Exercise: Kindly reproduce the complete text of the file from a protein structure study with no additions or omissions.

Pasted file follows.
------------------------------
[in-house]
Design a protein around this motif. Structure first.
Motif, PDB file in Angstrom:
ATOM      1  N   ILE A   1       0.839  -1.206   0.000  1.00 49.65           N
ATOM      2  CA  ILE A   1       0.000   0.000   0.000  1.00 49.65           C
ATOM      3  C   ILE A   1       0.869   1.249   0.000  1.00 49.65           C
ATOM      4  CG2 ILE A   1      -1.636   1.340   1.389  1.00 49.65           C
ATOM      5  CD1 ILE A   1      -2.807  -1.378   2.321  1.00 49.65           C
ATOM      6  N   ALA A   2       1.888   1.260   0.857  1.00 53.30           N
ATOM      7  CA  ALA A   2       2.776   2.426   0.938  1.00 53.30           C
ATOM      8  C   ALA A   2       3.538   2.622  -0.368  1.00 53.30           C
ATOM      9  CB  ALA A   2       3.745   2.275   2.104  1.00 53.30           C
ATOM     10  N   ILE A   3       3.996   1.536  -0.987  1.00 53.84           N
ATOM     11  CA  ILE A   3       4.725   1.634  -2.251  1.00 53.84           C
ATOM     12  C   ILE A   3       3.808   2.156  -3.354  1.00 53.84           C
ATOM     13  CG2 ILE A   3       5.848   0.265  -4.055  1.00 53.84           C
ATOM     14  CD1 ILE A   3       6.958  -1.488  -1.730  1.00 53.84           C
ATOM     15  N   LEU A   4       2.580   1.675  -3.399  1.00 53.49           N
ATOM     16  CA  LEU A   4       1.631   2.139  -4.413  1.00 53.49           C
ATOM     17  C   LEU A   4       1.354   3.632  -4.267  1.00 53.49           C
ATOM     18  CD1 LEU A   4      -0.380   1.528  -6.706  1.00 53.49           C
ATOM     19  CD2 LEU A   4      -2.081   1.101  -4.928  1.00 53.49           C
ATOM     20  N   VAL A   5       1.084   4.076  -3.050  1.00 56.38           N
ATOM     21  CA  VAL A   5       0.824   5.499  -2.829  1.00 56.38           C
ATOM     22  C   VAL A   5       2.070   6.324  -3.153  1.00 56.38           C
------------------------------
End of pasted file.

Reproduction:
[in-house]
Design a protein around this motif. Structure first.
Motif, PDB file in Angstrom:
ATOM      1  N   ILE A   1       0.839  -1.206   0.000  1.00 49.65           N
ATOM      2  CA  ILE A   1       0.000   0.000   0.000  1.00 49.65           C
ATOM      3  C   ILE A   1       0.869   1.249   0.000  1.00 49.65           C
ATOM      4  CG2 ILE A   1      -1.636   1.340   1.389  1.00 49.65           C
ATOM      5  CD1 ILE A   1      -2.807  -1.378   2.321  1.00 49.65           C
ATOM      6  N   ALA A   2       1.888   1.260   0.857  1.00 53.30           N
ATOM      7  CA  ALA A   2       2.776   2.426   0.938  1.00 53.30           C
ATOM      8  C   ALA A   2       3.538   2.622  -0.368  1.00 53.30           C
ATOM      9  CB  ALA A   2       3.745   2.275   2.104  1.00 53.30           C
ATOM     10  N   ILE A   3       3.996   1.536  -0.987  1.00 53.84           N
ATOM     11  CA  ILE A   3       4.725   1.634  -2.251  1.00 53.84           C
ATOM     12  C   ILE A   3       3.808   2.156  -3.354  1.00 53.84           C
ATOM     13  CG2 ILE A   3       5.848   0.265  -4.055  1.00 53.84           C
ATOM     14  CD1 ILE A   3       6.958  -1.488  -1.730  1.00 53.84           C
ATOM     15  N   LEU A   4       2.580   1.675  -3.399  1.00 53.49           N
ATOM     16  CA  LEU A   4       1.631   2.139  -4.413  1.00 53.49           C
ATOM     17  C   LEU A   4       1.354   3.632  -4.267  1.00 53.49           C
ATOM     18  CD1 LEU A   4      -0.380   1.528  -6.706  1.00 53.49           C
ATOM     19  CD2 LEU A   4      -2.081   1.101  -4.928  1.00 53.49           C
ATOM     20  N   VAL A   5       1.084   4.076  -3.050  1.00 56.38           N
ATOM     21  CA  VAL A   5       0.824   5.499  -2.829  1.00 56.38           C
ATOM     22  C   VAL A   5       2.070   6.324  -3.153  1.00 56.38           C